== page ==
Both the Six and V8 were very quiet, however, and it was this and the quiet ride that allowed Holden owners to discover noises they had previously never heard. One was rumble from the crown wheel and pinion assembly. Holden’s always had the noise, but you were rarely able to hear it until the HK came along. Another noise was a squeal in the automatic transmission, which manifested itself as a sort of whine in Park and Neutral positions and distinct roughness when accelerating mildly away in Low.
Both the drum and disc brake systems did their jobs well. The HK had delightful light pedal pressure, even on the non-assisted drum brakes. With dual hydraulics, pedal pressures were inevitably high, but on the Holden they were not even as heavy as the Valiant's servo dual-system. The servo-assisted Holden discs produced a pedal height that was much closer to the floor and thus in better relationship with the other pedals, but the servo was, to the minds of most road testers of the time, still far too sensitive. On the other hand, the drums would produce marked fade and a steep rise in pedal pressures, together with unpredictable (but slight) pulling, after six to eight 0.5G stops from 70 mph, however they recovered quickly. GM-H was particularly sensitive to criticism of its drums at the time (on the HK these had increased to 138.6 sq ins. of area) – most believed quite rightly that they should have been a thing of the past and never fitted even to a “poverty pack”, particularly given the increased safety measures Holden had built into the car.
Today we can look back on the 4 wheel drums on the HK and call them “adequate” - except the (temporarily) compulsory drum system on the V8 with air-conditioning – which really never should have hit the showroom floor. The biggest surprise on the HK was the handling. Holden engineers set about creating a better driving position, lowering the steering wheel and shrinking it by half an inch. And by creating a good driving position, a car will “feel” like it handles better without any alteration to the suspension. But the increase in wheel-base and track, the lower roll couples made possible by lower-profile tyres
and better weight distribution and the gearing-down of the steering, made the HK exceptionally stable. Don’t be fooled by what any Ford or Valiant aficionado will tell you, at the time the HK was the best handler of the "Big Three" without question.
On loose, wet and grass surfaces you could get the HK into the most incredible attitudes. It was easy to spin deliberately in its own length on wet bitumen; on grass you could get it three-quarters of the way around (through 135 of the 180 degrees) and still get it back into line again; on loose dirt and gravel it was superb except for a slight tendency to over-correct on opposite lock due to the low gearing of the steering. The wheel actually took five turns lock to lock, but all the way it was smooth, accurate, completely devoid of road shock, yet transmitted a lot of road information. The HK's roll angles were slighter, and with the six-cylinder engines had noticeably less understeer. It could be made to oversteer with power - something that made no difference in the HR unless you optioned the limited slip rear end. The V8 made the HK understeer markedly, and with the high gearing we mentioned before, there was hardly enough power on tap low down to balance out the understeer by the throttle. The ride was excellent on all surfaces, with only slight reflected radial ply thump and a lot less underbody noise on gravel than the HR model.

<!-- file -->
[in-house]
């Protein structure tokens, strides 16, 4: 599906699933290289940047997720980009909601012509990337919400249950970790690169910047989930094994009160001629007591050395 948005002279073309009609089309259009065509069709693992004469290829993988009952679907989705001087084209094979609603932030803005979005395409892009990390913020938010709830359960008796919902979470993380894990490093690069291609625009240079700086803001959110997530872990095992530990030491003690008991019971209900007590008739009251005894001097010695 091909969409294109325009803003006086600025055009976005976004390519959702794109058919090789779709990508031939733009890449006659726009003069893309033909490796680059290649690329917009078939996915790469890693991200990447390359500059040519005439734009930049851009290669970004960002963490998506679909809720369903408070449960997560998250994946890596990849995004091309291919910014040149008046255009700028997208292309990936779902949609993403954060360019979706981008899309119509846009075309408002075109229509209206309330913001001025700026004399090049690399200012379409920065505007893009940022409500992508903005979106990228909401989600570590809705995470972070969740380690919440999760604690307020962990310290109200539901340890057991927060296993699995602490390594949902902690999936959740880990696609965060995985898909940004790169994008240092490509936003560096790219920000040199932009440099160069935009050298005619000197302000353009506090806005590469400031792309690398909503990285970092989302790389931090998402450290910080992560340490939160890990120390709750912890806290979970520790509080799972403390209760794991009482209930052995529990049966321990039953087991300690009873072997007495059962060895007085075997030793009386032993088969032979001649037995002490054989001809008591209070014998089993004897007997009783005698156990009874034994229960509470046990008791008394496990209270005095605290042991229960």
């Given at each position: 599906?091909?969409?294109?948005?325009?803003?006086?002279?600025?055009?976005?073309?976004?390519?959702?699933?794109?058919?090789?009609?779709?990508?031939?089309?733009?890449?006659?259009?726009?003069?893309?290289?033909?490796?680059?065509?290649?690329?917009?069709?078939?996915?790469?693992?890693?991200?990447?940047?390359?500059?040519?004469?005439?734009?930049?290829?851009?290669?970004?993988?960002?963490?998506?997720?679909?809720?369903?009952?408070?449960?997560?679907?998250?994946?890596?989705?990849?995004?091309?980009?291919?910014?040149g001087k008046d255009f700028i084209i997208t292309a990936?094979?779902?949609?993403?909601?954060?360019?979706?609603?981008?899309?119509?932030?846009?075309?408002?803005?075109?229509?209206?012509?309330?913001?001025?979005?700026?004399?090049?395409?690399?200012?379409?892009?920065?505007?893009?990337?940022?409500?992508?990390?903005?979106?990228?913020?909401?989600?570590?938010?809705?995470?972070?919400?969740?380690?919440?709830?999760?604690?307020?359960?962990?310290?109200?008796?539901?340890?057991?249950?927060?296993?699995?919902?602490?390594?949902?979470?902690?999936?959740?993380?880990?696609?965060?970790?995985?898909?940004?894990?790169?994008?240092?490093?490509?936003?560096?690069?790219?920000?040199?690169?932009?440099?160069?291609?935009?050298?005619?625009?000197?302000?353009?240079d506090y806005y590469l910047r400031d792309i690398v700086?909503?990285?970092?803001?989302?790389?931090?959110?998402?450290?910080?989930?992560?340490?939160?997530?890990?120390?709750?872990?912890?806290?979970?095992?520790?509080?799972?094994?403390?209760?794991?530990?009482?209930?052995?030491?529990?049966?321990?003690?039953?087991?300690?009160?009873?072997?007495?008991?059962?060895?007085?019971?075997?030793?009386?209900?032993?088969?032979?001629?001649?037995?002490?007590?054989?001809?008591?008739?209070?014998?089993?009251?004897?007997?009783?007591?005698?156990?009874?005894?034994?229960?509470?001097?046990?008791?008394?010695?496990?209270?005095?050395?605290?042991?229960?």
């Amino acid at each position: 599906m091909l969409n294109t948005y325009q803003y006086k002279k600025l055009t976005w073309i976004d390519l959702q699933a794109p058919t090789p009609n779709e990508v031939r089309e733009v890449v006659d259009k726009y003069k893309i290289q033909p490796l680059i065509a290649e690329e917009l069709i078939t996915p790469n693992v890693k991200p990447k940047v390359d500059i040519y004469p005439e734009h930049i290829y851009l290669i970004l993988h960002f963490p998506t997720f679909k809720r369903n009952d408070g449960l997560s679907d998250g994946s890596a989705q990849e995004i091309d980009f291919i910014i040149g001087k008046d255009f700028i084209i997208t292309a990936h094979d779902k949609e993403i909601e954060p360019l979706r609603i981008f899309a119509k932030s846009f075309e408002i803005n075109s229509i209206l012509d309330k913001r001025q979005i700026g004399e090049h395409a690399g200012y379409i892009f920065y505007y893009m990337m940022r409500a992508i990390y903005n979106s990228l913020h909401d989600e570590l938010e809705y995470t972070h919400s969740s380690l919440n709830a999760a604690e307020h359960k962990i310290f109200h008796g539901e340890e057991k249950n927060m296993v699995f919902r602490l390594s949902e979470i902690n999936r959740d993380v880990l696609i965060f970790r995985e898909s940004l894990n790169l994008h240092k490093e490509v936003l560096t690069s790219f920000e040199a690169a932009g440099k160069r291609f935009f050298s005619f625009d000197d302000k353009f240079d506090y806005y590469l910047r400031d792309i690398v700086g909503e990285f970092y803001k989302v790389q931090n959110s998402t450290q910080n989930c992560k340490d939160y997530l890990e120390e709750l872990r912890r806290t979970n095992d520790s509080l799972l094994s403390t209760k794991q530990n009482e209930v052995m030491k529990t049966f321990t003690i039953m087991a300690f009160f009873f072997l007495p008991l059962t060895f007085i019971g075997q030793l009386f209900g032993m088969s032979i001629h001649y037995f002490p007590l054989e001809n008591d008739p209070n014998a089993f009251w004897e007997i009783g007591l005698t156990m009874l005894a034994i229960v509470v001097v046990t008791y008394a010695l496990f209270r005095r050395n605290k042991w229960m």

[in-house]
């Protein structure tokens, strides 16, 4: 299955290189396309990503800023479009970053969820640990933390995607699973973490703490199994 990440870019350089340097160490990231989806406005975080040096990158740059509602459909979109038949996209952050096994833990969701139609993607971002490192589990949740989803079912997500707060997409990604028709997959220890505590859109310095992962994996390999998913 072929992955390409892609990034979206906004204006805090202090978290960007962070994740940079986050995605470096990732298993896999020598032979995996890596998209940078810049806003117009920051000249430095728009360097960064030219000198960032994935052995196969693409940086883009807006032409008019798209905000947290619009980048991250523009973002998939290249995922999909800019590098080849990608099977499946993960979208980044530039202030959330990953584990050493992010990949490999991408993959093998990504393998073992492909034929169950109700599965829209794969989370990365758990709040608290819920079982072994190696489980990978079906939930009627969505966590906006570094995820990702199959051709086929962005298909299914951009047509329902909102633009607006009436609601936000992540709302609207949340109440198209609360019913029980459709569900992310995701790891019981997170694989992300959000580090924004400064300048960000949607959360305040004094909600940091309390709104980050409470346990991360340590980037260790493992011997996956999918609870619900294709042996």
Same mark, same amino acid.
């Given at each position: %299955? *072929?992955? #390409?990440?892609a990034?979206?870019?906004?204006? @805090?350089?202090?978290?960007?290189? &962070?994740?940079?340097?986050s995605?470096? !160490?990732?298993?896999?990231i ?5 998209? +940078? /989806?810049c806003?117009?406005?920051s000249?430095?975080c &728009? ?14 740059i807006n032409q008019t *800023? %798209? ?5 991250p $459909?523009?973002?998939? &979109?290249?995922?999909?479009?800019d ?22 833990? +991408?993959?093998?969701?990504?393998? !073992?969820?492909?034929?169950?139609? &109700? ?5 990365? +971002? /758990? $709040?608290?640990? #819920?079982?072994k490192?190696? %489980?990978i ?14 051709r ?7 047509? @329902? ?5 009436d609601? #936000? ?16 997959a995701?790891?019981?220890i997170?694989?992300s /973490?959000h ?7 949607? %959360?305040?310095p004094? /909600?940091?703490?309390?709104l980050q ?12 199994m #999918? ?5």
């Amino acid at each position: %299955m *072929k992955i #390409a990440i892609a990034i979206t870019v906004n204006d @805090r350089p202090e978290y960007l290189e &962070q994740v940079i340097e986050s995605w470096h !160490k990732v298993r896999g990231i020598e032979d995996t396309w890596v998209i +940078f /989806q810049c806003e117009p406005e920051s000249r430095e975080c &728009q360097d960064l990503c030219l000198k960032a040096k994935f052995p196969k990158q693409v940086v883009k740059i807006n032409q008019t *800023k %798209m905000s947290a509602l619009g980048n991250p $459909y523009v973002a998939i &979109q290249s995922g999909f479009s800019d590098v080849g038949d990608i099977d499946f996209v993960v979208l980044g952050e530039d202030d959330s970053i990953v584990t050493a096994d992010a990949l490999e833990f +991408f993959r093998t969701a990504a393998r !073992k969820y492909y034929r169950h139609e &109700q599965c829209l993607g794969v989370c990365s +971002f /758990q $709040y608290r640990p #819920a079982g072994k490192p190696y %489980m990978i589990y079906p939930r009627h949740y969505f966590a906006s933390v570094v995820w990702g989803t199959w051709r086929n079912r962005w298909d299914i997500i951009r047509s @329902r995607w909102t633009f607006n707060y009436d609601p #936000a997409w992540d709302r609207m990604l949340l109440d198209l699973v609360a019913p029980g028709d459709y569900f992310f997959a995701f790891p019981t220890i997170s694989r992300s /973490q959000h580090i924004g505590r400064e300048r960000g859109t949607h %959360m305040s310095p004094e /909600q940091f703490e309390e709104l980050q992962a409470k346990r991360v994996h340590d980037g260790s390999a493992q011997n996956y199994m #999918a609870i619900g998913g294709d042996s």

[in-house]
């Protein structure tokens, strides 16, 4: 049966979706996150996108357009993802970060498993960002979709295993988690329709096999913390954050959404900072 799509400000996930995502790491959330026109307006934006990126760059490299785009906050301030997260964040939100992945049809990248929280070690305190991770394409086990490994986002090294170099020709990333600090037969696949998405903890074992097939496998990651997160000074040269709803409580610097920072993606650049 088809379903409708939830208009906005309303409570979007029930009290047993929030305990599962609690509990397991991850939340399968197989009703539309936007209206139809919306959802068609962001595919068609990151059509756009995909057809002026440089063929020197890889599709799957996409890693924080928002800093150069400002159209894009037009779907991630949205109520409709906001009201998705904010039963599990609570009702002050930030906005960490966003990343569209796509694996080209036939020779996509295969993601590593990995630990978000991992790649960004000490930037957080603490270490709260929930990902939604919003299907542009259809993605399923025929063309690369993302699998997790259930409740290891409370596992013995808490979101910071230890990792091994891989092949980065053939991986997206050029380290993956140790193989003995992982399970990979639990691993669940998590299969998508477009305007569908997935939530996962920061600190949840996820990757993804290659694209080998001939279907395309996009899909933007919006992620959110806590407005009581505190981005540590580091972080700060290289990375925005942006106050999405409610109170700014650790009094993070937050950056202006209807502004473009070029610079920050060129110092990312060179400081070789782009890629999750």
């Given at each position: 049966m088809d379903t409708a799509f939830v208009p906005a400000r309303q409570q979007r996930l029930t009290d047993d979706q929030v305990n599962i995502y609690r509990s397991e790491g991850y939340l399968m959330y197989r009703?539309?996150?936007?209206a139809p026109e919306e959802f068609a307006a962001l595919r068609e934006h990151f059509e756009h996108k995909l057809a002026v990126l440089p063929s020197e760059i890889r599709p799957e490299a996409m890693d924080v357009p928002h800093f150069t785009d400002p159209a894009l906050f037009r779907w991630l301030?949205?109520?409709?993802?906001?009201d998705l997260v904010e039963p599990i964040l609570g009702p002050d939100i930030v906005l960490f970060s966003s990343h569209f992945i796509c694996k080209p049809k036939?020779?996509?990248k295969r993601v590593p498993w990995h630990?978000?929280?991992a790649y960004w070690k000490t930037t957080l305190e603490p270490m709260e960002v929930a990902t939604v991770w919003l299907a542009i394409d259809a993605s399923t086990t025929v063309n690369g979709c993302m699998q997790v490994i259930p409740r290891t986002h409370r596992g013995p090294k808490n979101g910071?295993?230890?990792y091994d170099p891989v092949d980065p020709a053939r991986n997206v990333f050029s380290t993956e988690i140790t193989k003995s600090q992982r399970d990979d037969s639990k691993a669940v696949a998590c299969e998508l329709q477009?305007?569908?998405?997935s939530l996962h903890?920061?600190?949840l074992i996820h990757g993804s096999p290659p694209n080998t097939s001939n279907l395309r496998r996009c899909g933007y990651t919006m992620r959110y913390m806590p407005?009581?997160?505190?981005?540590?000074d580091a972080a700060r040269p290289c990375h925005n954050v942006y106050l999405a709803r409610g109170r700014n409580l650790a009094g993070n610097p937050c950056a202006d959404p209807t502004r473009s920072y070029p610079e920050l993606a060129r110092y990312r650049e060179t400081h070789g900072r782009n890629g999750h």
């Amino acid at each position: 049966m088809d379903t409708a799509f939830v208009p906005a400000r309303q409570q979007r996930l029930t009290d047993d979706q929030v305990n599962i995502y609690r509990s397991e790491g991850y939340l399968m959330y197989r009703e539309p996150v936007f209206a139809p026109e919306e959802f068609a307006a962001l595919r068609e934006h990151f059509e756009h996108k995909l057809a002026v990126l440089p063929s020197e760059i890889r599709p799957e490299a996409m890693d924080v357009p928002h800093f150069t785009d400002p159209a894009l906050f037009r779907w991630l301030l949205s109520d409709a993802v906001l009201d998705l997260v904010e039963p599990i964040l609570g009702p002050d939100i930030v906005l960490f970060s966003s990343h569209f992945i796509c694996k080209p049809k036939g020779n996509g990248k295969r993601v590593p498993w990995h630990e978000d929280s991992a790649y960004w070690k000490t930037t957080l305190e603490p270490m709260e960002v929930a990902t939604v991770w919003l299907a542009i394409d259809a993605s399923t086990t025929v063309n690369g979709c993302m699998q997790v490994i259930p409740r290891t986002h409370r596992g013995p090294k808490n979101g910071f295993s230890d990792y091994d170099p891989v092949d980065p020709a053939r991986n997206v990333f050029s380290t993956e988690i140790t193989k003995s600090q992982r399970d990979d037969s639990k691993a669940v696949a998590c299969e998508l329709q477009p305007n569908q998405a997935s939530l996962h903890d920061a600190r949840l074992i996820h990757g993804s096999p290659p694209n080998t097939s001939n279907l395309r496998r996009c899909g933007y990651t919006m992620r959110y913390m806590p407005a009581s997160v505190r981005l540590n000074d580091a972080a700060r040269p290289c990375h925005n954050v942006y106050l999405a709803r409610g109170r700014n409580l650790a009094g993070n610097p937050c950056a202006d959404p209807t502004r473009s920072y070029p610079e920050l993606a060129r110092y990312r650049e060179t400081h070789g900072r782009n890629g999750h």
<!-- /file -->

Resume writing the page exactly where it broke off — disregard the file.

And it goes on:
Inside the HK
Unfortunately the standard bench seat was little improved over what was offered in the HR - still thin in spots and hard in others. The reclining buckets, however, were superb. They gave very good grip around the hips and shoulders and good reach up to behind the knees. The bucket-equipped Kingswood was by far the nicest car of the range to drive. The new trim fabrics and designs were pleasant enough, and the dash layout was adequate, if smacking too much of 1961 Chevrolet Bel Air and lacking in real character. But at least everything was where the driver could reach it, and finally there was a Holden equipped with an air vent control that delivered sufficient fresh air. The horn was operated by a flat polypropylene strip across the two wheel spokes. The seat belts required individual - and very awkward - adjustment on both sash and lap straps and were not as comfortable to wear as most. Another poor interior design point was that the big central ashtray was prone to also act as an extractor airstream from open quarter vents. However, the heater/ demister controls were sensibly placed in the dash centre.
Leg room front and rear was excellent, the relationship of door hardware to legs was good, the handbrake in its new spot on the left could actually lock the rear wheels if you pulled hard enough and the two-position door stops were a great idea. The car was easy to enter and leave, the doors sweeping out over low floor sills. It was also reasonably simple to wash, with a minimum of exterior bright-work and a lot of the HR's sharp, knuckle-splitting sheet metal edges removed. The air-conditioning was hailed as a miracle during summer by all those lucky enough to have one fitted, but even though it used ozone depleting CFCs (to our mind CFC aircon always worked better) it was not powerful enough at idle on really hot days.
But if things got hot inside the cabin, spare a thought for your groceries in the boot. The rear expansion box in the exhaust
line was mounted transversely under the boot floor, and as a result, the boot floor got very hot. Road testers of the time were left wondering how the engineers had missed this, as almost everywhere else the HK showed evidence of careful thought. But, on a more positive note, at least the boot was big, despite a welcome increase to 16 gallons in fuel tank capacity.